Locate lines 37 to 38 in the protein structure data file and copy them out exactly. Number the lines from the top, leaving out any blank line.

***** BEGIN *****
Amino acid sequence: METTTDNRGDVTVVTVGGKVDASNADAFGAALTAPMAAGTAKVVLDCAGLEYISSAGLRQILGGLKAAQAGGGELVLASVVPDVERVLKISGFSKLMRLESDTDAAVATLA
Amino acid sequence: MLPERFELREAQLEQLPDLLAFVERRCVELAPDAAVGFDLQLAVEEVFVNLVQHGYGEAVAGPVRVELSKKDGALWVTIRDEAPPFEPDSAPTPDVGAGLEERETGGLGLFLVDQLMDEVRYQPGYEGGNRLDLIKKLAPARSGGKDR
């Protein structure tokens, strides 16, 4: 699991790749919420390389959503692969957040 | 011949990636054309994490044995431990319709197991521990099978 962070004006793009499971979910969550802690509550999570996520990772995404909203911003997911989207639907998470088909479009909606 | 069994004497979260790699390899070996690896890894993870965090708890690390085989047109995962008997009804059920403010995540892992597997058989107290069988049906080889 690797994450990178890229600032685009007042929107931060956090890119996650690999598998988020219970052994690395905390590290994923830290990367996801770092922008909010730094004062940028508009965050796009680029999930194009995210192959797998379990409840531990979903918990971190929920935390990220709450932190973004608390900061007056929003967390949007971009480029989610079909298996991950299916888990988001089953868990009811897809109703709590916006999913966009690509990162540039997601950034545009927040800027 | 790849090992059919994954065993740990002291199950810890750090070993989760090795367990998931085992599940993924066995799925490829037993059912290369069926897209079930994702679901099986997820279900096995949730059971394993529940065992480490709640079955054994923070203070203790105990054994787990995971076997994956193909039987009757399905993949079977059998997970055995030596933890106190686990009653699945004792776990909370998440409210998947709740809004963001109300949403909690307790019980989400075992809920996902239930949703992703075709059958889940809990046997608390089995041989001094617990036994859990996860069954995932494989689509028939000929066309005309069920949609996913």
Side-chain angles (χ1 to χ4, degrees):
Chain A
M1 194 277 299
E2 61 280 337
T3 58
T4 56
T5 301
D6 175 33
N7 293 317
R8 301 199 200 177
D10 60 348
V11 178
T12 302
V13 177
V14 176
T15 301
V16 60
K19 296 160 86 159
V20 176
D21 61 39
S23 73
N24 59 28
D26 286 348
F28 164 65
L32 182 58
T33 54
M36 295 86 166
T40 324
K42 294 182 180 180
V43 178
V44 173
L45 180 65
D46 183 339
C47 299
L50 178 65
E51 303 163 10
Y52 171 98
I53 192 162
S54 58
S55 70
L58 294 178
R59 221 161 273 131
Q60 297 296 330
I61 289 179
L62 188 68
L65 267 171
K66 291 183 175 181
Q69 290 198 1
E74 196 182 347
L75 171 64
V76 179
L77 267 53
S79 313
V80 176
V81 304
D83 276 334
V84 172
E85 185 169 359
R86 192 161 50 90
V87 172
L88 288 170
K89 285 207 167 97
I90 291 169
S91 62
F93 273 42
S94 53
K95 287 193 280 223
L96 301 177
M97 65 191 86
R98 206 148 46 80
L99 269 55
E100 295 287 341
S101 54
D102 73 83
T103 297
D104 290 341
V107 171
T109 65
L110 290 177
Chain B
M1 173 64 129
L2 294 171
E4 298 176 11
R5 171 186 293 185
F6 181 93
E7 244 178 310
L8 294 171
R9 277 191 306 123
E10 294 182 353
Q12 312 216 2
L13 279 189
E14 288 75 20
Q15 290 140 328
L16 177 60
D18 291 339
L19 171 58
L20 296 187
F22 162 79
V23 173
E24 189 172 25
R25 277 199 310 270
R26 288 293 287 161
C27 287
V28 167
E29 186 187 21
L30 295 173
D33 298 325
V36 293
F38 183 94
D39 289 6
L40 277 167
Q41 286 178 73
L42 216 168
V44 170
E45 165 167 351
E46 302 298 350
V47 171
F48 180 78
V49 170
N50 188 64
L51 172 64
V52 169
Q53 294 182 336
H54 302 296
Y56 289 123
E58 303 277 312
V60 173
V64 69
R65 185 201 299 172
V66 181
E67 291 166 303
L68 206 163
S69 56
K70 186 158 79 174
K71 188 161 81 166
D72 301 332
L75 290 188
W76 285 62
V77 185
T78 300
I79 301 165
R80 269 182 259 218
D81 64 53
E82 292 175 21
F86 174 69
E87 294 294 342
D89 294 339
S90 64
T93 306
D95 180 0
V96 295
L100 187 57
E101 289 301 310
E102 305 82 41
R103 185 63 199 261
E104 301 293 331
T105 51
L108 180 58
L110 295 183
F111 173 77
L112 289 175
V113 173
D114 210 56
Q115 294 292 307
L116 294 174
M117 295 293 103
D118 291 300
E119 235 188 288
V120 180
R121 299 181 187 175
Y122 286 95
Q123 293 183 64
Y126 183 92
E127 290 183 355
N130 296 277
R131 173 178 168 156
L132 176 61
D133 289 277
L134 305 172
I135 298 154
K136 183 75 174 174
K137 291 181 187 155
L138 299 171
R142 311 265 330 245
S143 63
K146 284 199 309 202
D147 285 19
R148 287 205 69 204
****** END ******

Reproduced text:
C47 299
L50 178 65